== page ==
Introduction

What is an Arduino?

If we are to hear a loud bang while walking to school, we would immediately shriek out "What was that sound?!". If we are to investigate further, there is a process which happens within our body in this situation:
  1. A loud bang is sounded.
  2. Our ears pick up the sound.
  3. Our brain analyses and responds to the sound.
  4. Our brain instructs us to shriek out "What was that sound?!".
Arduino mimics the brain in our body to analyse and respond to the external environment, such as sound in this case. The objects involved in the 4 individual processes above can be stated in robotic terms as follows:
  1. A loud bang: INPUT
  2. Our ears: SENSOR
  3. Our brain: ARDUINO
  4. "What was that sound?!" shriek: OUTPUT
Arduino is made up of a computer (a chip on the board) and code (computer language). 01 02

Download drivers

In order to get your computer to recognize your Arduino, you would need to download its drivers.
  1. Download the drivers from: https://drive.google.com/file/d/0BxpHyhcNd5NbblNYUGdRSEY0Zk0/view?usp=sharing. Right click on the file downloaded and click on Extract All. Click on Extract.
  2. Plug in your Arduino to your computer.
  3. Go to Start and search for Device Manager.
  4. Look under Ports (COM & LPT). It should be either Arduino XXX (COMx) or USB Serial Port (COMx). Else, it would be under Other Devices as Unknown Device.
  5. Right click on any one of the names in the step above and choose the "Update Driver Software" option.
  6. Choose the "Browse my computer for Driver software" option.
  7. Navigate to and select the driver file named "arduino.inf" located in the Drivers folder extracted in Step 1.
  8. Windows will finish up the driver installation from there.

Setup Soapbox Robotics compiler

  1. Go to http://beta.soapboxrobotics.com/compiler.php to launch the compiler.
  2. Install the CodeBender extension when prompted.
  3. Go to settings and define the following:
    1. COM port: If you have multiple ports, disconnect your Arduino and re-open the menu. The entry that disappears should be the target Arduino board. Reconnect the board and select that COM port.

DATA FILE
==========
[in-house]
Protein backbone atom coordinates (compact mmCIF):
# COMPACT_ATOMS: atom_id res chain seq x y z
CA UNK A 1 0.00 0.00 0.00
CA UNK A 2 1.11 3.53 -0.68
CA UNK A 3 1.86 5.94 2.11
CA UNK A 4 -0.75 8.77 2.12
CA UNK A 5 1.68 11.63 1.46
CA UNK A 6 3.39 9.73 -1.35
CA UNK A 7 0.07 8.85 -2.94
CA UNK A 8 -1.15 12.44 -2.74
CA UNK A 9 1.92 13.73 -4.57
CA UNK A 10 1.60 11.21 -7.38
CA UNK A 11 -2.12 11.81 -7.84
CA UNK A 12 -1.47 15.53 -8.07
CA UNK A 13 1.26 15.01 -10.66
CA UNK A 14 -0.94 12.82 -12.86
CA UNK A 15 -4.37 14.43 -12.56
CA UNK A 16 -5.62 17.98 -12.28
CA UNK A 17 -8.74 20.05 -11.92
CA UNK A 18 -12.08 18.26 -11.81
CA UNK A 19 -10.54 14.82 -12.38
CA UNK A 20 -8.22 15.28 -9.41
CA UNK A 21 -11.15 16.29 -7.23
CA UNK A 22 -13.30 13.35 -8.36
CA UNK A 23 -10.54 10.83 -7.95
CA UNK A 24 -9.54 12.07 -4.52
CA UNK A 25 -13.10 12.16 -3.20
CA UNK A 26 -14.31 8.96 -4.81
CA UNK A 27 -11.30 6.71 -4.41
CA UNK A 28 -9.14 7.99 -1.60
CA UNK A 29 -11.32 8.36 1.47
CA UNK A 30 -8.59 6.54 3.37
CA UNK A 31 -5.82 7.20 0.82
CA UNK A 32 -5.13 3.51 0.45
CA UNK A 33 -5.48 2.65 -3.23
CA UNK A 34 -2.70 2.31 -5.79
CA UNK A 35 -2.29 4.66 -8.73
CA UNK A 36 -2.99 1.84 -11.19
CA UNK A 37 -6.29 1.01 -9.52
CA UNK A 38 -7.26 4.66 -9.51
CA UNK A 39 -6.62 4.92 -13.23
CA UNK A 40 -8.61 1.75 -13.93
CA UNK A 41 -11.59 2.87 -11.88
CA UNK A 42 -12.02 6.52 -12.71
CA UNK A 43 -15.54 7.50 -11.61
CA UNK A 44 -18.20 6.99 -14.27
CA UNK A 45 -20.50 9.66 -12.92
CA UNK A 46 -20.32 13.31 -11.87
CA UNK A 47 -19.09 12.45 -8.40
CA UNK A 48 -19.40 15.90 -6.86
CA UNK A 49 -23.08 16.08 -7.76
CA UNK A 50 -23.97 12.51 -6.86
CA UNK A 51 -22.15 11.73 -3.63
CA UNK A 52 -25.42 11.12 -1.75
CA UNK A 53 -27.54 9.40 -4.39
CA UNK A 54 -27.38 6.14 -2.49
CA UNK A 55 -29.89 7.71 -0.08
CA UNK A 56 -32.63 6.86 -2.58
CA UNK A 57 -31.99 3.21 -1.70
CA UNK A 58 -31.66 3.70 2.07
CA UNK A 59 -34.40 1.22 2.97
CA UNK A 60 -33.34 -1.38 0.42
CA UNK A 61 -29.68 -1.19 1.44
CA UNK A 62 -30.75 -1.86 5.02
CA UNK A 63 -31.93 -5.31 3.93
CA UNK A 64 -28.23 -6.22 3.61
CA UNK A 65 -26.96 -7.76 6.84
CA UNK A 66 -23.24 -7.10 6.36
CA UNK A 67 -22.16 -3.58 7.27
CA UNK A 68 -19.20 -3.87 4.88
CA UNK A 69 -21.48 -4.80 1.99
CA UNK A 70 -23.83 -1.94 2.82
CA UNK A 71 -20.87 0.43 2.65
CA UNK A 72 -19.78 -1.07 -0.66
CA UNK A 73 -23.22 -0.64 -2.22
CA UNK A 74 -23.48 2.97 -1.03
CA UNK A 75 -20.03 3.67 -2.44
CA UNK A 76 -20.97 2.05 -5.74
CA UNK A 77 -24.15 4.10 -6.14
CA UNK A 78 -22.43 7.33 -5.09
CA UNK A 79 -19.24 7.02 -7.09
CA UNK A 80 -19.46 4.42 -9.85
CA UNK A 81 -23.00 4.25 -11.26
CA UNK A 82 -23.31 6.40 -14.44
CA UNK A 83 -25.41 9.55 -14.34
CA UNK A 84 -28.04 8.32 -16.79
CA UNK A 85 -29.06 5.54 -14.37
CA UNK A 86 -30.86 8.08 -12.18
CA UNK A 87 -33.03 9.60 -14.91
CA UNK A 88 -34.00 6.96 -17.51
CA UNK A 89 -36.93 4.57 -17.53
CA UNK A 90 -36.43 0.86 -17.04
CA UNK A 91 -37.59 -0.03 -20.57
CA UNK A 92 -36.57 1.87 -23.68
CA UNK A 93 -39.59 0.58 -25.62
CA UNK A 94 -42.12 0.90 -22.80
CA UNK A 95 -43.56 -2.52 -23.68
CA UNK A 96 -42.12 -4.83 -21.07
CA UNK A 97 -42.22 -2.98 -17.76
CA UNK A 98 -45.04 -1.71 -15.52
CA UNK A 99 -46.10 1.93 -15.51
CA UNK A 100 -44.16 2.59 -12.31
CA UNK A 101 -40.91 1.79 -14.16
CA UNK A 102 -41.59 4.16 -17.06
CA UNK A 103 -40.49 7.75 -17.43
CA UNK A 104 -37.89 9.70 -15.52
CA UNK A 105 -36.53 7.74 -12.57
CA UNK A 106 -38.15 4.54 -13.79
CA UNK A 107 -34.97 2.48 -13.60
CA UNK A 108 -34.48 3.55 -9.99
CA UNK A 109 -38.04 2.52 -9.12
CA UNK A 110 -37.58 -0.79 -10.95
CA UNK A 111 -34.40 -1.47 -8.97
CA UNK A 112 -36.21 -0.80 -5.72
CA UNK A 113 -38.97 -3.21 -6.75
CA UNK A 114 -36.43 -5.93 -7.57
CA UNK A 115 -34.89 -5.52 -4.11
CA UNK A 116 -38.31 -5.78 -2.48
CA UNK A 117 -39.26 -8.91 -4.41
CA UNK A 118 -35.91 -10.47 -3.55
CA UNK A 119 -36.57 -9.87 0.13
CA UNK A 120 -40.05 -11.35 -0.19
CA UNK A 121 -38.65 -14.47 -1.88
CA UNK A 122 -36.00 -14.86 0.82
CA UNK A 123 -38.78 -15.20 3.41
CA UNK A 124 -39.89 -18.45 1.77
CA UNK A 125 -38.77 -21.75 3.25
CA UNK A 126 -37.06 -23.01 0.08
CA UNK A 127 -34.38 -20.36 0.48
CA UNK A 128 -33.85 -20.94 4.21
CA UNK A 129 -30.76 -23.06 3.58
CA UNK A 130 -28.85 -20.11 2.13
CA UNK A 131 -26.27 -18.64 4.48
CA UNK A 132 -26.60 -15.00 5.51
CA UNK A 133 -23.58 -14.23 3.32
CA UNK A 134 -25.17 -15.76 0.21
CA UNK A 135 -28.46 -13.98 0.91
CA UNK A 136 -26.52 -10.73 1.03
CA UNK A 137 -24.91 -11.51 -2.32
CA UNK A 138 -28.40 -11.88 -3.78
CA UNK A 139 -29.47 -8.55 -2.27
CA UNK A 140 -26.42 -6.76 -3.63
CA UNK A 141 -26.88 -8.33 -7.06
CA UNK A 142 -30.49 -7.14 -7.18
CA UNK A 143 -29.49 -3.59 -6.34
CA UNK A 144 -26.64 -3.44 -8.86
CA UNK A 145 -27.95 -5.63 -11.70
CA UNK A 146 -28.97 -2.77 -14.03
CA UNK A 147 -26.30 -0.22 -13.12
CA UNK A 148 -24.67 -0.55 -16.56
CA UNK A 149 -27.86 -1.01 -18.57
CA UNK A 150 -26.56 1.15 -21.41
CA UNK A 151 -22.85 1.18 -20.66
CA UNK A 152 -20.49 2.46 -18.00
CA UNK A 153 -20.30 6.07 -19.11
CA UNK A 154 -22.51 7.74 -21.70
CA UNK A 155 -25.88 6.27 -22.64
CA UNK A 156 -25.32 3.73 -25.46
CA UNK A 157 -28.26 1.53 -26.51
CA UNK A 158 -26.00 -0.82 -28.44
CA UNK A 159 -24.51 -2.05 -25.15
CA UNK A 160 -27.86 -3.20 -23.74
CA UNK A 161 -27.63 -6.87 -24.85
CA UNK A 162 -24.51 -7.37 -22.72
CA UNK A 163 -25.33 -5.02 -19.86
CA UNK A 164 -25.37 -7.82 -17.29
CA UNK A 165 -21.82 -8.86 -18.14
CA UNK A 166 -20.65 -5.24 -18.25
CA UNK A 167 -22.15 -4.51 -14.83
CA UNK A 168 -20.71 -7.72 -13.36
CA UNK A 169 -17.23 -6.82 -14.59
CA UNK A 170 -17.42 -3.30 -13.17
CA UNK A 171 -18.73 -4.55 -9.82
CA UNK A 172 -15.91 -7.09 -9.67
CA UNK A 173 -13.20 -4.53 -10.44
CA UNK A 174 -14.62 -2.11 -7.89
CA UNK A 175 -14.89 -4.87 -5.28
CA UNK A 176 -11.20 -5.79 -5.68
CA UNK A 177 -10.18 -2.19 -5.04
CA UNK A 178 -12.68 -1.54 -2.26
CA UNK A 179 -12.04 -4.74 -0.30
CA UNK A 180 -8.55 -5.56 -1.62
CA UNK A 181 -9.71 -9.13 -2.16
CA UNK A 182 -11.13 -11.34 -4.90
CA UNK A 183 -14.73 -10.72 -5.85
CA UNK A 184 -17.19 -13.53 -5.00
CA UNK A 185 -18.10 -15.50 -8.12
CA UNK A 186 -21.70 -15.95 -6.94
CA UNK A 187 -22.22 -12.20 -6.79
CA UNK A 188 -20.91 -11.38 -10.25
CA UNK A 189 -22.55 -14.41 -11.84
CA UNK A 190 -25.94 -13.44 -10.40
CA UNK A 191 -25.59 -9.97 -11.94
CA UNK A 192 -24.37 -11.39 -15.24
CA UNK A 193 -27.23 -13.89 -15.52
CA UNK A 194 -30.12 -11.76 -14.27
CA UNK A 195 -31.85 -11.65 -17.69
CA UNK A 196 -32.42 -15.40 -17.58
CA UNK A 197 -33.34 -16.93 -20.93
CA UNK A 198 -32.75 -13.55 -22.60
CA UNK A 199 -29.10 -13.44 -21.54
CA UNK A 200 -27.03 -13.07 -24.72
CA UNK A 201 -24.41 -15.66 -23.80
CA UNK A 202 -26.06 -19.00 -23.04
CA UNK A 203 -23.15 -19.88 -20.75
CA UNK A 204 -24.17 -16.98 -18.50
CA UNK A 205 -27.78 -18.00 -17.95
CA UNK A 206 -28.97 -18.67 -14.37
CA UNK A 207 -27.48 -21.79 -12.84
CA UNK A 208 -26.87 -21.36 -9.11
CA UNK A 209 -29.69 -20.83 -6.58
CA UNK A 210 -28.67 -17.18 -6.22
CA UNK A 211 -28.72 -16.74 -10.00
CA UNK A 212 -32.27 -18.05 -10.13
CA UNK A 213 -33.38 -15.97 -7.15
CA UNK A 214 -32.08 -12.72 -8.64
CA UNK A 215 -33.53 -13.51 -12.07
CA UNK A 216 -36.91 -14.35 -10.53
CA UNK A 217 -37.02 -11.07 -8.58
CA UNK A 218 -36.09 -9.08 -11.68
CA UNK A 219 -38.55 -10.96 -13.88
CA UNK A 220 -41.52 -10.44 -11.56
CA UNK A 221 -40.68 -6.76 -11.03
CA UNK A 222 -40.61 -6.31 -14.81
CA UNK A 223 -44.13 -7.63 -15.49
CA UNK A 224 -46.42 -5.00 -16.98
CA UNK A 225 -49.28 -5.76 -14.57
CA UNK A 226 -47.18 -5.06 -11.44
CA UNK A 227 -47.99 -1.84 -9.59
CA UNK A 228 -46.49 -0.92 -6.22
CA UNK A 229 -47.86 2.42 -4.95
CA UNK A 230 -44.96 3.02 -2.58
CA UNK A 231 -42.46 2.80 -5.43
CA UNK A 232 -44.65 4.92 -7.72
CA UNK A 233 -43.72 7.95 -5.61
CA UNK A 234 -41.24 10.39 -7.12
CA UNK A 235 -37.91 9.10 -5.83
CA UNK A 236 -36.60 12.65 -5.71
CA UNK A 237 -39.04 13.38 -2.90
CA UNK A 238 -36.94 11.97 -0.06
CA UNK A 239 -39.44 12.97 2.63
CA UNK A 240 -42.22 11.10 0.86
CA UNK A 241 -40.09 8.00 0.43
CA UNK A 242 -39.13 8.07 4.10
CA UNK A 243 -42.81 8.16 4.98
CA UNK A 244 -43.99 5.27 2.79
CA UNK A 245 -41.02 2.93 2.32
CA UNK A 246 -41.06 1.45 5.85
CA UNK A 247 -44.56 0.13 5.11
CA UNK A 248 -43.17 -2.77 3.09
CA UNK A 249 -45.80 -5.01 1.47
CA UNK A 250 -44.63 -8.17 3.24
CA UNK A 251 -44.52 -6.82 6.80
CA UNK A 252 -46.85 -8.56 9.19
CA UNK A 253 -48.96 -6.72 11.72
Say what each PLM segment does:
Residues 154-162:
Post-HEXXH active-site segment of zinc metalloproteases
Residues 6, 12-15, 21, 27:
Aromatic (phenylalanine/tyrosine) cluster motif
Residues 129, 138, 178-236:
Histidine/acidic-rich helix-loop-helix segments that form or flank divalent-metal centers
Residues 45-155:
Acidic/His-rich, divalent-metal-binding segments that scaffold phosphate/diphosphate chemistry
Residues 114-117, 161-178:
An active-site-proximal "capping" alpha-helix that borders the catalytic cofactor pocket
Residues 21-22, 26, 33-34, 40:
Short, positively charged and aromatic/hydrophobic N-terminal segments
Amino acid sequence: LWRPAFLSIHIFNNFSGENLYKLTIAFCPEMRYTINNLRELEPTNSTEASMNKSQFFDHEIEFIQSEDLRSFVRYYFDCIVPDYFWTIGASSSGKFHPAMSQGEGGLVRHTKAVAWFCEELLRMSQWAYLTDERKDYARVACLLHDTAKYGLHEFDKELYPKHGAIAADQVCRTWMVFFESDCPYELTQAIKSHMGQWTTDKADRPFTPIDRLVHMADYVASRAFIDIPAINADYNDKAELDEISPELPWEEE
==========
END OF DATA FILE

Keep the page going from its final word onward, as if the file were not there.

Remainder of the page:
2. Board type: Arduino UNO is the commonly used board.
    3. Baud rate: 9600 is the default
  4. The graphical user interface is made up of the following:
    1. Blocks organized by categories
    2. Canvas which can be populated by the blocks
    3. Command ribbon to save, open, compile blocks, upload blocks and settings
    4. Code editor to generate Arduino code from blocks, edit the code manually, compile the code and upload the code
    5. Serial monitor for serial communications with Arduino
    6. Help which consist of getting started page and language/block reference
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Upload your first program!

Let's now upload your first program by controlling the lighting of the LED on your Arduino. Most Arduino boards have an LED attached to pin 13 on the board itself, indicated by letter "L".
  1. Plug your Arduino into your computer.
  2. Drag the DigitalWrite block from Output category into the canvas.
  3. Change the pin to 13 and the state to HIGH.
  4. Ensure that you have the COM port, board and baud rate configured through Settings.
  5. Click on Upload.
  6. Once you have finished uploading, it will prompt "Verification successful".
  7. The LED on your board (indicated by "L") will now be continuously turned ON.
You can then move on to blinking your LED by:
  1. Drag the DigitalWrite block from Output category into the canvas.
  2. Change the pin to 13 and the state to HIGH.
  3. Drag Delay from Time category and snap it right below DigitalWrite.
  4. Drag "0" from Constant category and snap it inside Delay. Change from 0 to 1000.
  5. Drag another DigitalWrite block from Output category into the canvas.
  6. Change the pin to 13 and the state to LOW.
  7. Drag Delay from Time category and snap it right below DigitalWrite.
  8. Drag "0" from Constant category and snap it inside Delay. Change from 0 to 1000.
  9. Click on Upload.
  10. The LED on board will now be blinking in intervals of 1000 milliseconds (or 1 second).
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